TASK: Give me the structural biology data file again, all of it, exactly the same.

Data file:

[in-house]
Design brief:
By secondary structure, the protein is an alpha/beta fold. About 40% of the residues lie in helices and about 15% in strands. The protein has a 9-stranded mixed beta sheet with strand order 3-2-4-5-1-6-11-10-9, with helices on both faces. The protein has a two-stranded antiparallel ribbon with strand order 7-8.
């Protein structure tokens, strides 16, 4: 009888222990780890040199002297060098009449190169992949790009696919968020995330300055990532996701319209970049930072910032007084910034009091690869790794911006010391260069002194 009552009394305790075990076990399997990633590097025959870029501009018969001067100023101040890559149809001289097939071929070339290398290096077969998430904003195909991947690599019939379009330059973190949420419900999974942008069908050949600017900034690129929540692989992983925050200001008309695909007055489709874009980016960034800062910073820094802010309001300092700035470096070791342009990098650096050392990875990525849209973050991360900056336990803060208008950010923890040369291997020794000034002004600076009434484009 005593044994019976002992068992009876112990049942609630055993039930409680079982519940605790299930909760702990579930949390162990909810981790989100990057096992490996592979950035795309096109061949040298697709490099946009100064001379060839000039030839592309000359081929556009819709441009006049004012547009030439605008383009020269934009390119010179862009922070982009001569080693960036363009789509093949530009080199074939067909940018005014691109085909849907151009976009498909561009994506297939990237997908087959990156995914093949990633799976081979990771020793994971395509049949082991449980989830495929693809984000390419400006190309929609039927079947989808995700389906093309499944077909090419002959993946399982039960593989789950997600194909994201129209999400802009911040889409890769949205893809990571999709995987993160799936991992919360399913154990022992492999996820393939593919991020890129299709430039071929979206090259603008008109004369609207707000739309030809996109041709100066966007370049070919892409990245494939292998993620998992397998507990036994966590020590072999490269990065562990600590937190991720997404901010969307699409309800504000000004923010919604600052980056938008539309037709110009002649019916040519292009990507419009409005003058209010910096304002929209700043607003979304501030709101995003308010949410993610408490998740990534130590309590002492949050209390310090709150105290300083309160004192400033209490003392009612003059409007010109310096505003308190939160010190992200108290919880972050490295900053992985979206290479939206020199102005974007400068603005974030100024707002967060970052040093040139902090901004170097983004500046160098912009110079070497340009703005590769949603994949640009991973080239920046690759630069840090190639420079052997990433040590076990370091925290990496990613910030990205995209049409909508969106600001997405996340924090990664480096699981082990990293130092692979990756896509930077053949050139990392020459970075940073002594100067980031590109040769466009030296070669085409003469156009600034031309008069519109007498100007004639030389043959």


[in-house]
Design brief:
By secondary structure, the protein is an alpha/beta fold. About 40% of the residues lie in helices and about 15% in strands. The protein has a 9-stranded mixed beta sheet with strand order 3-2-4-5-1-6-11-10-9, with helices on both faces. The protein has a two-stranded antiparallel ribbon with strand order 7-8.
């Protein structure tokens, strides 16, 4: 009888222990780890040199002297060098009449190169992949790009696919968020995330300055990532996701319209970049930072910032007084910034009091690869790794911006010391260069002194 009552009394305790075990076990399997990633590097025959870029501009018969001067100023101040890559149809001289097939071929070339290398290096077969998430904003195909991947690599019939379009330059973190949420419900999974942008069908050949600017900034690129929540692989992983925050200001008309695909007055489709874009980016960034800062910073820094802010309001300092700035470096070791342009990098650096050392990875990525849209973050991360900056336990803060208008950010923890040369291997020794000034002004600076009434484009 005593044994019976002992068992009876112990049942609630055993039930409680079982519940605790299930909760702990579930949390162990909810981790989100990057096992490996592979950035795309096109061949040298697709490099946009100064001379060839000039030839592309000359081929556009819709441009006049004012547009030439605008383009020269934009390119010179862009922070982009001569080693960036363009789509093949530009080199074939067909940018005014691109085909849907151009976009498909561009994506297939990237997908087959990156995914093949990633799976081979990771020793994971395509049949082991449980989830495929693809984000390419400006190309929609039927079947989808995700389906093309499944077909090419002959993946399982039960593989789950997600194909994201129209999400802009911040889409890769949205893809990571999709995987993160799936991992919360399913154990022992492999996820393939593919991020890129299709430039071929979206090259603008008109004369609207707000739309030809996109041709100066966007370049070919892409990245494939292998993620998992397998507990036994966590020590072999490269990065562990600590937190991720997404901010969307699409309800504000000004923010919604600052980056938008539309037709110009002649019916040519292009990507419009409005003058209010910096304002929209700043607003979304501030709101995003308010949410993610408490998740990534130590309590002492949050209390310090709150105290300083309160004192400033209490003392009612003059409007010109310096505003308190939160010190992200108290919880972050490295900053992985979206290479939206020199102005974007400068603005974030100024707002967060970052040093040139902090901004170097983004500046160098912009110079070497340009703005590769949603994949640009991973080239920046690759630069840090190639420079052997990433040590076990370091925290990496990613910030990205995209049409909508969106600001997405996340924090990664480096699981082990990293130092692979990756896509930077053949050139990392020459970075940073002594100067980031590109040769466009030296070669085409003469156009600034031309008069519109007498100007004639030389043959």